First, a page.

Agnotti writes about how in 2018, at the 50th anniversary of the Kerner Commission’s report, that the United States’ cities and towns are still as segregated as they were fifty years ago.
The Kerner Commission’s 1968 report warned that the nation was “moving toward two societies, one Black, one white—separate and unequal.” We learned from the Commission that race and not place matters most. Martin Luther King was assassinated that year and there was a clear racial and territorial divide between the Black central cities and their white suburbs.
“The Fair Housing Act of 1968 was signed to induce state and local governments to end residential segregation. There have been modest successes since then, but by and large, segregation and housing discrimination remain. The shape of the territorial divide has morphed and is more complex, with many divides within cities and within suburbs. However, the social and economic disparities behind the spatial divides remain in place.”
Agnotti tells the story of segregation using the town of Hudson, New York as an example. As Hudson became part of the ever-expanding New York metropolitan region and a politically progressive, center for the arts, culture, restaurants and shopping, its main street divides the majority white neighborhood and the majority Black and Latino neighborhood.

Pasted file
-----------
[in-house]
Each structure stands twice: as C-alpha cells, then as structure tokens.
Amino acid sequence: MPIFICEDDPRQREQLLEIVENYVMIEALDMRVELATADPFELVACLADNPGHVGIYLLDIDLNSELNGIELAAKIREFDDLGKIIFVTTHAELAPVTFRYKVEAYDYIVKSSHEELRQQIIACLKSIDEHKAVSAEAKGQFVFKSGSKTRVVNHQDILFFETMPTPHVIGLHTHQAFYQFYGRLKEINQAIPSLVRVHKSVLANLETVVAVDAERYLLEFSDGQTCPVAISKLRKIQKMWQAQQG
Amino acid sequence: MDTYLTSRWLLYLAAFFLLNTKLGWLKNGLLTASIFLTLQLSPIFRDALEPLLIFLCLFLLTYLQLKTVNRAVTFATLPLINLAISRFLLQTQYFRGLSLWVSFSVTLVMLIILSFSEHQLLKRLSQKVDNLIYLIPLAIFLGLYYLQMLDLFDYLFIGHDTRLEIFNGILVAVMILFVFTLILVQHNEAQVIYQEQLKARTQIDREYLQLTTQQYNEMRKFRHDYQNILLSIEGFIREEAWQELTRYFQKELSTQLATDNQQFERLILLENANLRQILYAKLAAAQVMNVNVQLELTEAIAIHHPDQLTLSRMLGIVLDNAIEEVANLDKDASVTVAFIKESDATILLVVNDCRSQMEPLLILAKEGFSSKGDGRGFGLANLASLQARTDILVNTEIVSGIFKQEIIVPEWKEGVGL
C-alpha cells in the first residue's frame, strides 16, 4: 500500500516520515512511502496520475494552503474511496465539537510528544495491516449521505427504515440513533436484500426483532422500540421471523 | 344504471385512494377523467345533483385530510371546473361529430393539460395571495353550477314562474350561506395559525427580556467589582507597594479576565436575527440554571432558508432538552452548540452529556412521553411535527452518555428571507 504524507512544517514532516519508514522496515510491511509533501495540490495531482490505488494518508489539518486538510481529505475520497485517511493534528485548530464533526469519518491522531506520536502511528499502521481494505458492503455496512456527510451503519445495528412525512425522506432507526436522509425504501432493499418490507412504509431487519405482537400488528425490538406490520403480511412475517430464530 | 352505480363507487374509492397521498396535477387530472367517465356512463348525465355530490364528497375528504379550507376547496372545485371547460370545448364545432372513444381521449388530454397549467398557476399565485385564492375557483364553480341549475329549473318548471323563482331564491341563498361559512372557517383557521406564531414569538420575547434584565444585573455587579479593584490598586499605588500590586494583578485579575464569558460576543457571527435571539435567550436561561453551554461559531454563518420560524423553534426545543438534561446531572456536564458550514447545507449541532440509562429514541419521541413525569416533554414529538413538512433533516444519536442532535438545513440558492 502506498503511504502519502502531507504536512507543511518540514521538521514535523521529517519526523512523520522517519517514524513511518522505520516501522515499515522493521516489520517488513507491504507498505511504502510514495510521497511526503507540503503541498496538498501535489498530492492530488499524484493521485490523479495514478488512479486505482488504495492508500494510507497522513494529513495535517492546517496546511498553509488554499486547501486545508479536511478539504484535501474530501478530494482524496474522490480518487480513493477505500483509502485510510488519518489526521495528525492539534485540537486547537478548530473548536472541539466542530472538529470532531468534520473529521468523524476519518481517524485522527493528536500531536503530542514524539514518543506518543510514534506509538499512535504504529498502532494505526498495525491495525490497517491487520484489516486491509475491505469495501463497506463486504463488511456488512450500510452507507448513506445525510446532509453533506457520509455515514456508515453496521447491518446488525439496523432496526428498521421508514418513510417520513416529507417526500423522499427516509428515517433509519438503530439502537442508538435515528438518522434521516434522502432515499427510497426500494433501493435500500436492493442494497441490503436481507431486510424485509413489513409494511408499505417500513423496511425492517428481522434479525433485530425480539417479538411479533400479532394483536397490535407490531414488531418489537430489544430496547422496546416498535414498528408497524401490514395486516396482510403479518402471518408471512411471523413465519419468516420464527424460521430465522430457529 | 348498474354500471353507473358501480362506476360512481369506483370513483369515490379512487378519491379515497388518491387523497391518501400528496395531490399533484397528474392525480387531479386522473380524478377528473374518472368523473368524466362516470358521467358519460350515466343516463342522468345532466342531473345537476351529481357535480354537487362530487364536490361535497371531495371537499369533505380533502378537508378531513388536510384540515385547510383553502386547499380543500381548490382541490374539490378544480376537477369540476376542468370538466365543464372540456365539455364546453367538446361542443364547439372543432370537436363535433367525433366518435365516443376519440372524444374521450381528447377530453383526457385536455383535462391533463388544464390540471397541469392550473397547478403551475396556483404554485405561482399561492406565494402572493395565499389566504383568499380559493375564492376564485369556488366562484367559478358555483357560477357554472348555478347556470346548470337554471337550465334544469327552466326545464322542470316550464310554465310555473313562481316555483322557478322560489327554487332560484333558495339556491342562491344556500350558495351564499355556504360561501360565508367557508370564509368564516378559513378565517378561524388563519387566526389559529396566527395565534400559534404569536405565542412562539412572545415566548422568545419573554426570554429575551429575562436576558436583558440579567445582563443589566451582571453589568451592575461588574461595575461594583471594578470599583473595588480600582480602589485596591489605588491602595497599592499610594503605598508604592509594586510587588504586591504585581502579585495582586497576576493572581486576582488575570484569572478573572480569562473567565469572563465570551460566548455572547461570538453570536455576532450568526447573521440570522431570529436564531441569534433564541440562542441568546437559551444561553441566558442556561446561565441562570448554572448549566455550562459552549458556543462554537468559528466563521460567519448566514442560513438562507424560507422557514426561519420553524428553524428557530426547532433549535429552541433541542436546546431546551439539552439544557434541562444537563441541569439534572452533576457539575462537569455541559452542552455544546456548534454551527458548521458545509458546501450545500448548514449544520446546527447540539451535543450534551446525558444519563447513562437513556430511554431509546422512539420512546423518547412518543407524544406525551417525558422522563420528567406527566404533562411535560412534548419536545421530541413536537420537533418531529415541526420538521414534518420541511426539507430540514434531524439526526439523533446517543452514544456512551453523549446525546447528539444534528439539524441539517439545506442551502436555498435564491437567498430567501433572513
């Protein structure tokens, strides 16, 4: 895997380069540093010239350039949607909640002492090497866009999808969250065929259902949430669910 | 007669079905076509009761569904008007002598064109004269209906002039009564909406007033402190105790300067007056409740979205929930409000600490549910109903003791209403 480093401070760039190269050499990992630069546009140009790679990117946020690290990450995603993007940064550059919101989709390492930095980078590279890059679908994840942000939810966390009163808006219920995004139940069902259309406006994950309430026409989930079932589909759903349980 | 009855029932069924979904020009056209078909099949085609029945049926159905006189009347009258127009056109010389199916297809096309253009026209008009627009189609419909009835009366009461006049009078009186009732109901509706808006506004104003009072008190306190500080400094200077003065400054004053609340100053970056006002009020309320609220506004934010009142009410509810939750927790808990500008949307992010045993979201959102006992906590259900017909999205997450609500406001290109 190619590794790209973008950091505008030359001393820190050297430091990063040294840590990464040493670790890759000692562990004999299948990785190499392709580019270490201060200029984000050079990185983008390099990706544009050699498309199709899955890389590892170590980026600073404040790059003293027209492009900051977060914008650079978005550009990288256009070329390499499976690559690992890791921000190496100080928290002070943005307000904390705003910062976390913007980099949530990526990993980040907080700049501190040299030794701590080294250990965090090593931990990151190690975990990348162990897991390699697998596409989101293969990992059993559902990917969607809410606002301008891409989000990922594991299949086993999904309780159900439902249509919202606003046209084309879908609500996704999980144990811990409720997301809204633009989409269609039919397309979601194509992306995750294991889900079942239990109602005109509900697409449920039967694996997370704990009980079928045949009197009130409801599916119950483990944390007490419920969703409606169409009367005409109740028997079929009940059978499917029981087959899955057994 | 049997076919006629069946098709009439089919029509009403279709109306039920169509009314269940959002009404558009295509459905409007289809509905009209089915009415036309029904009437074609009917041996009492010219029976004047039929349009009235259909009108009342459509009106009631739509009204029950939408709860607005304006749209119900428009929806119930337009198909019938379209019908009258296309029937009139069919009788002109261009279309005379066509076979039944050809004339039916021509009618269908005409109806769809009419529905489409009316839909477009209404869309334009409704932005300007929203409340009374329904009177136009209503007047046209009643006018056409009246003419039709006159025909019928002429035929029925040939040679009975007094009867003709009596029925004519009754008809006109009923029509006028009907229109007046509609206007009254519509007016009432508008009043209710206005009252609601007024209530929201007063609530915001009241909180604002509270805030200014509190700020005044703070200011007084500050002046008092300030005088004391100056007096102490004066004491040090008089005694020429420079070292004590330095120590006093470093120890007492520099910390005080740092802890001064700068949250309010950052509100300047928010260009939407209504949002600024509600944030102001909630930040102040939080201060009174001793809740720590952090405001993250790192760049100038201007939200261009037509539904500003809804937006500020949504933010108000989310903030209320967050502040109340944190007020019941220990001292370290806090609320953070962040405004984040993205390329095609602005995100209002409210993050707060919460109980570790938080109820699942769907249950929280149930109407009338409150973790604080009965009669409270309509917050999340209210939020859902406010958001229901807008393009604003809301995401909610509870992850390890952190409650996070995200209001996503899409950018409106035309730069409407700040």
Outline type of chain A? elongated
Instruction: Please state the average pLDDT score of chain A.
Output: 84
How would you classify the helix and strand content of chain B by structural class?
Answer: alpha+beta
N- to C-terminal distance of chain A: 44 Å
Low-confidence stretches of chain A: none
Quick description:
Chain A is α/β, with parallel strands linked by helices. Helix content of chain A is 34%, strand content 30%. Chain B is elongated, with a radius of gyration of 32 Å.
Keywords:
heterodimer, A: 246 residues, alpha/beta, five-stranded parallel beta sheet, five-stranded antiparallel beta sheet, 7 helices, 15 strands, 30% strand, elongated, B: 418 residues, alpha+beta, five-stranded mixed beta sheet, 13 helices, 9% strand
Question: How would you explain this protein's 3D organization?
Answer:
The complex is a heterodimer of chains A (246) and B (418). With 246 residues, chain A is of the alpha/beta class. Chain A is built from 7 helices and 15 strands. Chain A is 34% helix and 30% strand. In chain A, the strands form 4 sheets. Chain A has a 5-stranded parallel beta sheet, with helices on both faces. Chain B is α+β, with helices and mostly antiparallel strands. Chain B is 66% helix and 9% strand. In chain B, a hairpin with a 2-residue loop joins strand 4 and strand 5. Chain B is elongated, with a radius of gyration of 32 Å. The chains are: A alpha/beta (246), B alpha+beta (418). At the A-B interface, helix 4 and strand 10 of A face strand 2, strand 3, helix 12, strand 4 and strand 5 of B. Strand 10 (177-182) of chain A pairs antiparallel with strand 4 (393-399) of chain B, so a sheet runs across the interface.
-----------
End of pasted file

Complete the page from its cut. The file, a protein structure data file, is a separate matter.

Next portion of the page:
The U.S. Dept. of Housing and Urban Development (HUD) under President Obama’s administration issues the long-needed guidelines to “affirmatively further” fair housing. But now President Trump’s admiration is undoing that progress.
Agnotti writes, “And even if they were strongly in place, they would be weak tools that only nudge local governments and the housing and land markets toward racial equality. Priority must be shifted from promoting integration to strategies that will end structural racism in all arenas. These include campaigns such as the “War on Drugs,” which have resulted in the mass incarceration of Black people—the ultimate expression of segregation. And an assault on racism must be coupled with honest discussions of white privilege.”
“The Kerner Commission certainly stretched the limits of discourse on race at that time, but history tells us that segregation is only a symptom. Its roots lie in the violent theft of land by settlers, the basis for our institution of private property, and the violent theft of African people, the basis for slavery, racism, and segregation. It’s time to dig out the roots.”